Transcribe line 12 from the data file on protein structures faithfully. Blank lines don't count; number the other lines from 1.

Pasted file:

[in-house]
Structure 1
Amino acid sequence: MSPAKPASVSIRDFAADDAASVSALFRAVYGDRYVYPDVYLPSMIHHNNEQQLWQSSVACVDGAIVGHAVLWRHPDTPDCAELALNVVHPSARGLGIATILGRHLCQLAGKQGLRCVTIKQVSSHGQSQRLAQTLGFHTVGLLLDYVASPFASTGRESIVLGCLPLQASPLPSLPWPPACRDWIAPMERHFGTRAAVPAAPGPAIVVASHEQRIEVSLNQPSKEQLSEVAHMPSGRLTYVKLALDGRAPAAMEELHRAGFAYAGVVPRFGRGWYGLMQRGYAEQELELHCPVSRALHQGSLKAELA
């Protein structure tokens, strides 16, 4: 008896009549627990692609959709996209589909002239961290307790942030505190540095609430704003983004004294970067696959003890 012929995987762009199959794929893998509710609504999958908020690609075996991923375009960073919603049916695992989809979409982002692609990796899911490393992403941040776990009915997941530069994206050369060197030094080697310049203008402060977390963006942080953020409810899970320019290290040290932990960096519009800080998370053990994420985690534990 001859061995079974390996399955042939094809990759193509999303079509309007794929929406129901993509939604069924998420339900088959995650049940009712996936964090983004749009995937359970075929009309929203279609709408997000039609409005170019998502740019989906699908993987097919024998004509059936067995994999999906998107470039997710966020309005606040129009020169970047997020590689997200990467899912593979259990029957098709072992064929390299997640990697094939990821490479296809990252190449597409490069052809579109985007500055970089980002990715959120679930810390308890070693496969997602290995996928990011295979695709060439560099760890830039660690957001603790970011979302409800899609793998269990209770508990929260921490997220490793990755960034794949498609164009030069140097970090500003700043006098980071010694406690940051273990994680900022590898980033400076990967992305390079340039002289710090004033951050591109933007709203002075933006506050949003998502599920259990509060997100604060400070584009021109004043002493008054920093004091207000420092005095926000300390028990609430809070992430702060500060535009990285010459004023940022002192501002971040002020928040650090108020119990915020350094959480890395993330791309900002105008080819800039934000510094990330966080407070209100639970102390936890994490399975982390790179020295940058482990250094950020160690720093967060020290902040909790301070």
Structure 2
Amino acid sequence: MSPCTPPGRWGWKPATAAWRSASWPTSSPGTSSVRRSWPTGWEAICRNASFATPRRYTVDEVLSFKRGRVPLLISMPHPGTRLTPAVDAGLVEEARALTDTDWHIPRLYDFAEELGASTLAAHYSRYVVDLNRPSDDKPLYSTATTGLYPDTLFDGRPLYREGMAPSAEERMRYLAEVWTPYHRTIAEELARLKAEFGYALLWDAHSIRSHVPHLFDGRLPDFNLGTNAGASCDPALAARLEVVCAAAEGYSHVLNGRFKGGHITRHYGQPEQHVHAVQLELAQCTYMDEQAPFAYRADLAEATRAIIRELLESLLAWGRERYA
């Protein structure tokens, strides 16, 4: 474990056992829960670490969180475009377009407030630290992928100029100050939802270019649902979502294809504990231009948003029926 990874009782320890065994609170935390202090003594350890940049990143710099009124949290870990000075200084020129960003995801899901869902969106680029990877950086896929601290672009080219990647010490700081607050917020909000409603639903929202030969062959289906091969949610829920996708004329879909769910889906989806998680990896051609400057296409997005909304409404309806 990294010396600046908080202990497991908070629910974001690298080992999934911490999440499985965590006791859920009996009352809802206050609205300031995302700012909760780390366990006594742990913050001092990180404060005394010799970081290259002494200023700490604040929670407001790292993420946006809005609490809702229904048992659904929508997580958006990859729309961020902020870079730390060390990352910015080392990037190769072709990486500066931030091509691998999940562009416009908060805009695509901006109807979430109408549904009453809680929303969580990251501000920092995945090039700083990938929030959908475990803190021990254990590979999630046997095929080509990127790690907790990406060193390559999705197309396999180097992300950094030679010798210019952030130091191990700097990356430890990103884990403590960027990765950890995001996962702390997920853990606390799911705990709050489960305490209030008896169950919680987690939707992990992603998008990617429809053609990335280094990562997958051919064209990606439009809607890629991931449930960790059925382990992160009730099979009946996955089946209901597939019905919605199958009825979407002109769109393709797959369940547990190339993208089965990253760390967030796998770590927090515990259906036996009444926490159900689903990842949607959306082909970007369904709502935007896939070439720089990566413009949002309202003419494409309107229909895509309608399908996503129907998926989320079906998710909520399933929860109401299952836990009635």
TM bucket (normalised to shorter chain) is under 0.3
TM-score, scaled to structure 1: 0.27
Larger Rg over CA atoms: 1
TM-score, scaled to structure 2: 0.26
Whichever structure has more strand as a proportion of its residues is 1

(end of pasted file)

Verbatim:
Whichever structure has more strand as a proportion of its residues is 1